(this is not my studio, but represents organization--this is where I want to be!)
After moving into a new house, and now moving to a new in-home studio, I'm committed to organizing my new room until every single thing in it has a specific place. I am trying to minimize clutter, add style to the room, and hide as much as I can by adding drawers, curtains, and cabinets. It always helps to start this process with a clean slate, which is the opportunity I have. In doing this, I have to pick up each and every piece that needs a home and analyze it. I will also figure out how bad I need that item. Many questions I find myself asking over and over again are:
*Have I used this in the last year?
*Is this a notion or trim that I can use creatively?
*Is the fabric at least a yard long?
*Does is work?
*Do I have more than one?
In the end, if I can't answer the questions, or I I answered them and the answer tells me I don't need it anymore, it is canned. I don't need clutter, and there is no use to storing something that will never be used. While it is hard to get rid of things that you may be able to use creatively, you also need to consider if you have enough to use for a whole project and also if it is something that even fits your style aesthetic. For example, I had a fabric that was bright pink tulle with hearts inside of it. When I look at it, it looks very young and a bit cheap. And, its only half a yard. In reality, if I was to use it, I wouldn't have enough for a whole project, but also, since my mind already thinks it looks cheap, then why would I even attempt to use it? I don't want any of my designs to represent "cheap". So, it must go. This process continues through each and every object that needs placement.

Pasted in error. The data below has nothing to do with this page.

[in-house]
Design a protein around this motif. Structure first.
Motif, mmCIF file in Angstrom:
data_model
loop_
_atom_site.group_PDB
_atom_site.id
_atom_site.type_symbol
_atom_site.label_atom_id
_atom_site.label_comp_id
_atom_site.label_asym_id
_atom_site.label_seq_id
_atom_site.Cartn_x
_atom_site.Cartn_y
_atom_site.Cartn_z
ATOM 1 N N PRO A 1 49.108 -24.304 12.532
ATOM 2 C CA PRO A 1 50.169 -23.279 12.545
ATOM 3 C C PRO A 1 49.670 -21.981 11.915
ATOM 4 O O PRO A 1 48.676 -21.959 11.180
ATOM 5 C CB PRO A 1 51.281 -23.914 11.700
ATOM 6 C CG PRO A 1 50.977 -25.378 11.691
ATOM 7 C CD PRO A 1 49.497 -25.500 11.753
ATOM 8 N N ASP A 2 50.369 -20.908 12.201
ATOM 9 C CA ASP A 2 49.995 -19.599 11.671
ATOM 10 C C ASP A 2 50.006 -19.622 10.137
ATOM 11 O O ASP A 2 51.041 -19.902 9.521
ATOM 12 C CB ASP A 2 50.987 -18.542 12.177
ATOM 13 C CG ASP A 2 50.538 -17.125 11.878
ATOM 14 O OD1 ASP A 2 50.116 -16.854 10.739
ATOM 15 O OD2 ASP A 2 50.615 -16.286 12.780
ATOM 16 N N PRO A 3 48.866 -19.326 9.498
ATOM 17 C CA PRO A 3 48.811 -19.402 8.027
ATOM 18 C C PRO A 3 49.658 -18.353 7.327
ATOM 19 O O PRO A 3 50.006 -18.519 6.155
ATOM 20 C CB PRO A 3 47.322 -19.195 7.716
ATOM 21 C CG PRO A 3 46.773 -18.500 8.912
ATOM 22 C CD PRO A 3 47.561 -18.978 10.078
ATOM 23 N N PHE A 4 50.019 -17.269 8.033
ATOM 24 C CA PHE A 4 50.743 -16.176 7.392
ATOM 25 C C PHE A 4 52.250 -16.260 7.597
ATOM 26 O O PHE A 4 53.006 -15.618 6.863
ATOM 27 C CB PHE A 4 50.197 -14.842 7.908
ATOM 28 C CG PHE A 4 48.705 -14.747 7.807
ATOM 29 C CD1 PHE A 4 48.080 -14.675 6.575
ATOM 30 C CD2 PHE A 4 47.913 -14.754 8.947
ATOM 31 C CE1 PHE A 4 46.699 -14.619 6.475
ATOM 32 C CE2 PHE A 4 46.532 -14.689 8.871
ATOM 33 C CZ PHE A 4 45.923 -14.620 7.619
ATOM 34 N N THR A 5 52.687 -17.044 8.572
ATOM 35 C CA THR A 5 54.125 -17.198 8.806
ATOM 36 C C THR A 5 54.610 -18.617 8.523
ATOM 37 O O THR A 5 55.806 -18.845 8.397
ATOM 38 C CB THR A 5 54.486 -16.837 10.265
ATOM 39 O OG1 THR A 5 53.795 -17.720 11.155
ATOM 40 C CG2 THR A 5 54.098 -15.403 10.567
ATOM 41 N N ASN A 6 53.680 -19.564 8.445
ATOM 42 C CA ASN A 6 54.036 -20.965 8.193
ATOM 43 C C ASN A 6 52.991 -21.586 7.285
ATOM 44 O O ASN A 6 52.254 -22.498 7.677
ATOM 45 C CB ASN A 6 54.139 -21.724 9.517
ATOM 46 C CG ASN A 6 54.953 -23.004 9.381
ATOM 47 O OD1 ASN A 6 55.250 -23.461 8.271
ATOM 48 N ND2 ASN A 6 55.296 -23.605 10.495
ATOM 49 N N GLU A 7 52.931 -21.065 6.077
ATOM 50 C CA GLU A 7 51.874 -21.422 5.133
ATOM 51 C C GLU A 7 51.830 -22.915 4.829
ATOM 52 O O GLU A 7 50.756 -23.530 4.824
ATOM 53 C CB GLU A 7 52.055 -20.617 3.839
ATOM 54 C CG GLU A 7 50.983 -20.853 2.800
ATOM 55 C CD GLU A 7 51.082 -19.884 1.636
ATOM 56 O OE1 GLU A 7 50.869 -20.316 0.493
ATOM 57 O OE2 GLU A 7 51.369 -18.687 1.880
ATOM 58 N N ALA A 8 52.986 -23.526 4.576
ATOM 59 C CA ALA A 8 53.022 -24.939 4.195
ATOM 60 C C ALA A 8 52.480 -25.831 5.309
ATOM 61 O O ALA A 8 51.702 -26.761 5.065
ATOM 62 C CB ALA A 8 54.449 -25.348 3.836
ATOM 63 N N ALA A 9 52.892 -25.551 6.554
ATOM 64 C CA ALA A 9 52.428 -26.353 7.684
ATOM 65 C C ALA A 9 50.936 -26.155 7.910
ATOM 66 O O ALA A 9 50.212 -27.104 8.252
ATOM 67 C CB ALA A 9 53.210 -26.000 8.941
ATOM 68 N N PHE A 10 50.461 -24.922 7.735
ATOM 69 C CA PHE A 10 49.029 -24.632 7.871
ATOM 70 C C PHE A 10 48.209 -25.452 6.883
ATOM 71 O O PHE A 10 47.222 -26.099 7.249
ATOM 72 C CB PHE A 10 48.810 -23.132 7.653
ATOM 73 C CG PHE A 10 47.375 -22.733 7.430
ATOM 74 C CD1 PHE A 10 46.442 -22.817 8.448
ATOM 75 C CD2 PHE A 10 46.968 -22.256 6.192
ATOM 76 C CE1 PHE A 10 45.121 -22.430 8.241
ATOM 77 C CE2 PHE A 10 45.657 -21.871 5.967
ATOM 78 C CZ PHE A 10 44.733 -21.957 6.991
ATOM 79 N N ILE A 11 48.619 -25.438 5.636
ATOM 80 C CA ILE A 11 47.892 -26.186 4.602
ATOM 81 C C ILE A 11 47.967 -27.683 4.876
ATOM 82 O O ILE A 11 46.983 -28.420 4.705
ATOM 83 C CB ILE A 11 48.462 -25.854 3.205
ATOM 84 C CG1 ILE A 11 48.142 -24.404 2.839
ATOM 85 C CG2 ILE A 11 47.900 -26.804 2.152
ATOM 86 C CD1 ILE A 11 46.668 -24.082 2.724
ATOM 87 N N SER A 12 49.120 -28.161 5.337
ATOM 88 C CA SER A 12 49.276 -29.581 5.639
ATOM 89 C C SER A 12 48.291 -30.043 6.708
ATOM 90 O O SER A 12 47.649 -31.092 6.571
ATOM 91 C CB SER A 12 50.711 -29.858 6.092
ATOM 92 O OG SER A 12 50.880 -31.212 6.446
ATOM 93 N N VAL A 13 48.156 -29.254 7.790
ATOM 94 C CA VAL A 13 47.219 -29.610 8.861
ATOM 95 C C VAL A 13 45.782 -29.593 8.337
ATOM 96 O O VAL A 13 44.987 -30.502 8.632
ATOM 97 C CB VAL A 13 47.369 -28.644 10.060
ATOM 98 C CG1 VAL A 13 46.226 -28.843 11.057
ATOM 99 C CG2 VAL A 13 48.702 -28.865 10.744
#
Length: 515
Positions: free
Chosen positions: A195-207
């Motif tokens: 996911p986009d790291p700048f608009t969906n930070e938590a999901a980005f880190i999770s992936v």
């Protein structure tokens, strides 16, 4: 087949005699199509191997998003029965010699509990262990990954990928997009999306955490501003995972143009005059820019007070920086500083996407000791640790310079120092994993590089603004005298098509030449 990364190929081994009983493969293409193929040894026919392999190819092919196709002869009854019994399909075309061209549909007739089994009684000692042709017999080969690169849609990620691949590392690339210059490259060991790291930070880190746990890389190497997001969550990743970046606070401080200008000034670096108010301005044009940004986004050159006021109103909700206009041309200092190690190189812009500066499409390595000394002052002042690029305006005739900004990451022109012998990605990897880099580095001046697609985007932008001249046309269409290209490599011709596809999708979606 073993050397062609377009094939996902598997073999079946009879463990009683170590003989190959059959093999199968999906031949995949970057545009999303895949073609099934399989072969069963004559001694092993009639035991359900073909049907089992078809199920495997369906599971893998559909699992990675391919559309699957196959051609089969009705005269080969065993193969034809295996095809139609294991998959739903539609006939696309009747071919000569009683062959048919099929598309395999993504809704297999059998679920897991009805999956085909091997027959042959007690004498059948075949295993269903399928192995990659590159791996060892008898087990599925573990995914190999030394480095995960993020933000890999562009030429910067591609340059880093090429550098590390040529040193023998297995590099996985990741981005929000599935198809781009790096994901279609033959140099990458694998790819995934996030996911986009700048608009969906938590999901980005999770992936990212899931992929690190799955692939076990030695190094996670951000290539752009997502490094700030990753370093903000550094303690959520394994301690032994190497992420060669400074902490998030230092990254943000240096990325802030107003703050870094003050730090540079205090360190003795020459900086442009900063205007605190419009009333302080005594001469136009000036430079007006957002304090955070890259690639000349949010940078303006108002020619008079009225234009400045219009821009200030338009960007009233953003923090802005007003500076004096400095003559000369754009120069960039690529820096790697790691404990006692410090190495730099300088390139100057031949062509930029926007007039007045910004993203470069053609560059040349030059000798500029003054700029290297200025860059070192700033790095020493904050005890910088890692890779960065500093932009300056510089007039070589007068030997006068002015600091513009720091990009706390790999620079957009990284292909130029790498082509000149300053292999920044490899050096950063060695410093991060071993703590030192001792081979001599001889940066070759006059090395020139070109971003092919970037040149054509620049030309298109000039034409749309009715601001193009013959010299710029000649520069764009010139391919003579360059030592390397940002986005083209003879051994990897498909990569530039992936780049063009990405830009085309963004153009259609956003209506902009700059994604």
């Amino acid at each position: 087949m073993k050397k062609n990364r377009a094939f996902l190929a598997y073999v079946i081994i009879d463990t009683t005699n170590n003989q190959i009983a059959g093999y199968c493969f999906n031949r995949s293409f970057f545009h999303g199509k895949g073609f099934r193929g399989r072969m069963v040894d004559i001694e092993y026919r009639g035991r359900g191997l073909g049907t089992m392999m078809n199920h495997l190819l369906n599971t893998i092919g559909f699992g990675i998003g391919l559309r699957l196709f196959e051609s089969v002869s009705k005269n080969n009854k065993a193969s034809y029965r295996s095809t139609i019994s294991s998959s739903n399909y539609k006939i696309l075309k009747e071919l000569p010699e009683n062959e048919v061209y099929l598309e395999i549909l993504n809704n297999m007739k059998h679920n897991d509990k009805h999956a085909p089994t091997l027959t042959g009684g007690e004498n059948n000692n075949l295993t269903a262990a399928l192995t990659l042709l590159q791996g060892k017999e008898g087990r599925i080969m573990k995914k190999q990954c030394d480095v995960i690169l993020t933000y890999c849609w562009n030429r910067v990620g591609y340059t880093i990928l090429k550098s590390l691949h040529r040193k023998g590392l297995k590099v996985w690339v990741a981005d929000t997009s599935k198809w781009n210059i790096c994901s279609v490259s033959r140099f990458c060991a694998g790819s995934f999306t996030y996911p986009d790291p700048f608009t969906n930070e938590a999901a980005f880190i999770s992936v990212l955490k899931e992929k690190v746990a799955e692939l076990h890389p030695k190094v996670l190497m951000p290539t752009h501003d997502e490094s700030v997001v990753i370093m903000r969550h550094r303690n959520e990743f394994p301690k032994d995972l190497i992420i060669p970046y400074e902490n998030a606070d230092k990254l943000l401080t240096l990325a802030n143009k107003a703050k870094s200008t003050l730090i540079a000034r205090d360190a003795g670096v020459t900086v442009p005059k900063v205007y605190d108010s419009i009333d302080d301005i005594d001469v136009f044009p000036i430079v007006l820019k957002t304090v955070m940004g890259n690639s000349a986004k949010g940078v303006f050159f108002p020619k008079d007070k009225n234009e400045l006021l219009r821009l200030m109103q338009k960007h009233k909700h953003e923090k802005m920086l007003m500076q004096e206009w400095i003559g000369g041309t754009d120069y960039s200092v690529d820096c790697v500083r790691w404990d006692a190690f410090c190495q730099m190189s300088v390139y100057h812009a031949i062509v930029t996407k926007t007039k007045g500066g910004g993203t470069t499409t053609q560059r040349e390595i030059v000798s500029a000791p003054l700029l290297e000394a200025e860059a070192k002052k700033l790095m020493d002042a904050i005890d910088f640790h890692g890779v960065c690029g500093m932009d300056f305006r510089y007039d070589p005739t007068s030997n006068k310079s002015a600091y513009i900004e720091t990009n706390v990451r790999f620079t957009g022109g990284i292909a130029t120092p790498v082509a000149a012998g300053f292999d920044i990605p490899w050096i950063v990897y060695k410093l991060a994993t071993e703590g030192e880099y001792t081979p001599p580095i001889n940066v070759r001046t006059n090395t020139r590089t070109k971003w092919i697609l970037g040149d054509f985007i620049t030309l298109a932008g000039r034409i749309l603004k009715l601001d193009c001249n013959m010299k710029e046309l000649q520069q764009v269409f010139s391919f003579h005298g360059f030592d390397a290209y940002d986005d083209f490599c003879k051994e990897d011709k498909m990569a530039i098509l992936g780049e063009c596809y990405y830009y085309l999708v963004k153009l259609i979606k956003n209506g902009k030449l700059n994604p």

As well as going through and getting rid of the clutter, we also need to find a place for it to go. The new room I have is a bit smaller than what I had before, so it is going to take alot of thought to find a home for everything. Instead of having random drawers scattered throughout a shelf rack I had, I have now found plastic drawers that stack in all different sizes. I put them all into a mirrored cabinet I have. One location for all the drawers, and they are hidden in a cabinet- perfect! Each drawer will have different purposes: trim, buttons, zippers, miscellaneous notions, appliques, paper goods, shipping goods, beadery, glues, etc.
Being that I am a fashion designer, I also have a ton of thread, which all needs a home. I have wooden spool racks that hold multiple spools of thread, like the picture below:
And, for all the clothes and patterns I have hanging, well, they can be hidden as well. They are set back into a closet that will have curtains covering them when I don't need to get in. This will keep dust from getting to them, and keep the room from looking too cluttered.
Why Have An Organized Design Studio?
I'm sure that everyone wishes they could be a little more organized in one part of their lives. The reason is not only because it looks more clean, but it is also because it really can make a difference on your productivity. Moving in general, has given me a different approach on my upcoming designs, but now that I also am clutter free and organized, I feel free. I enjoy sitting in my room and working all day because I'm comfortable with my surroundings, and feel the productive bones moving throughout my body. As soon as my room is completely put together, I will post the before and after, and you can be the judge as to which studio you would like to work in. :)
And, go ahead, do it yourself. When you get motivated, take a corner of your work space and pick up each and every item. Ask if you need it, then find a perfect place for it if you do. You will feel very rejuvinated.
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